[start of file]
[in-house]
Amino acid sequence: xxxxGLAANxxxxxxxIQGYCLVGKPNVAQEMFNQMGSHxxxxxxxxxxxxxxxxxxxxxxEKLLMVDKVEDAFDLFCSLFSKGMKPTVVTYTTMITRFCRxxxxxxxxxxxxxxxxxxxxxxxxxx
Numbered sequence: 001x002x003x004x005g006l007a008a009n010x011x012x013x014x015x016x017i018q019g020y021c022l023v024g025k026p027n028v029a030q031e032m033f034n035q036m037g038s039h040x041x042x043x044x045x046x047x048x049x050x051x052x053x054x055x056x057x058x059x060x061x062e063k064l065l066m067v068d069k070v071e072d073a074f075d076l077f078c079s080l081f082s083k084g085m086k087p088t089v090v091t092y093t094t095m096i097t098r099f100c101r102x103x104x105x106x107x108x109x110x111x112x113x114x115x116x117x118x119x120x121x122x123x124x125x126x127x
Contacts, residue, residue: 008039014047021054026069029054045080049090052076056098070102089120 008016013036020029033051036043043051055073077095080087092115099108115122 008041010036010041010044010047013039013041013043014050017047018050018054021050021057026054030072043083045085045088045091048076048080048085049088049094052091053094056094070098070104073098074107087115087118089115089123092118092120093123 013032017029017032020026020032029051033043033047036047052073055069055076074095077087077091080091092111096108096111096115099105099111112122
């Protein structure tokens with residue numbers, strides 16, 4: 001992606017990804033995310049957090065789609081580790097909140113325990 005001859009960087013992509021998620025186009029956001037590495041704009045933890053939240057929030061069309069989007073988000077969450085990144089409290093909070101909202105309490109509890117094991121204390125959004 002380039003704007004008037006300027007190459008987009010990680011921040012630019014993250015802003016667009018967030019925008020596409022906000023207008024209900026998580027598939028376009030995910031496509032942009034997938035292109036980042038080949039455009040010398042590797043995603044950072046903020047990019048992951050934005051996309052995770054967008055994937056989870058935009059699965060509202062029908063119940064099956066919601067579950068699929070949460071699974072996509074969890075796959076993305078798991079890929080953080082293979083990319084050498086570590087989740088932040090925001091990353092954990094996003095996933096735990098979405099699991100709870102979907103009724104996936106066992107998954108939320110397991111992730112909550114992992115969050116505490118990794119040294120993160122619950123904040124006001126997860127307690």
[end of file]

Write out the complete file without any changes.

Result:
[in-house]
Amino acid sequence: xxxxGLAANxxxxxxxIQGYCLVGKPNVAQEMFNQMGSHxxxxxxxxxxxxxxxxxxxxxxEKLLMVDKVEDAFDLFCSLFSKGMKPTVVTYTTMITRFCRxxxxxxxxxxxxxxxxxxxxxxxxxx
Numbered sequence: 001x002x003x004x005g006l007a008a009n010x011x012x013x014x015x016x017i018q019g020y021c022l023v024g025k026p027n028v029a030q031e032m033f034n035q036m037g038s039h040x041x042x043x044x045x046x047x048x049x050x051x052x053x054x055x056x057x058x059x060x061x062e063k064l065l066m067v068d069k070v071e072d073a074f075d076l077f078c079s080l081f082s083k084g085m086k087p088t089v090v091t092y093t094t095m096i097t098r099f100c101r102x103x104x105x106x107x108x109x110x111x112x113x114x115x116x117x118x119x120x121x122x123x124x125x126x127x
Contacts, residue, residue: 008039014047021054026069029054045080049090052076056098070102089120 008016013036020029033051036043043051055073077095080087092115099108115122 008041010036010041010044010047013039013041013043014050017047018050018054021050021057026054030072043083045085045088045091048076048080048085049088049094052091053094056094070098070104073098074107087115087118089115089123092118092120093123 013032017029017032020026020032029051033043033047036047052073055069055076074095077087077091080091092111096108096111096115099105099111112122
């Protein structure tokens with residue numbers, strides 16, 4: 001992606017990804033995310049957090065789609081580790097909140113325990 005001859009960087013992509021998620025186009029956001037590495041704009045933890053939240057929030061069309069989007073988000077969450085990144089409290093909070101909202105309490109509890117094991121204390125959004 002380039003704007004008037006300027007190459008987009010990680011921040012630019014993250015802003016667009018967030019925008020596409022906000023207008024209900026998580027598939028376009030995910031496509032942009034997938035292109036980042038080949039455009040010398042590797043995603044950072046903020047990019048992951050934005051996309052995770054967008055994937056989870058935009059699965060509202062029908063119940064099956066919601067579950068699929070949460071699974072996509074969890075796959076993305078798991079890929080953080082293979083990319084050498086570590087989740088932040090925001091990353092954990094996003095996933096735990098979405099699991100709870102979907103009724104996936106066992107998954108939320110397991111992730112909550114992992115969050116505490118990794119040294120993160122619950123904040124006001126997860127307690």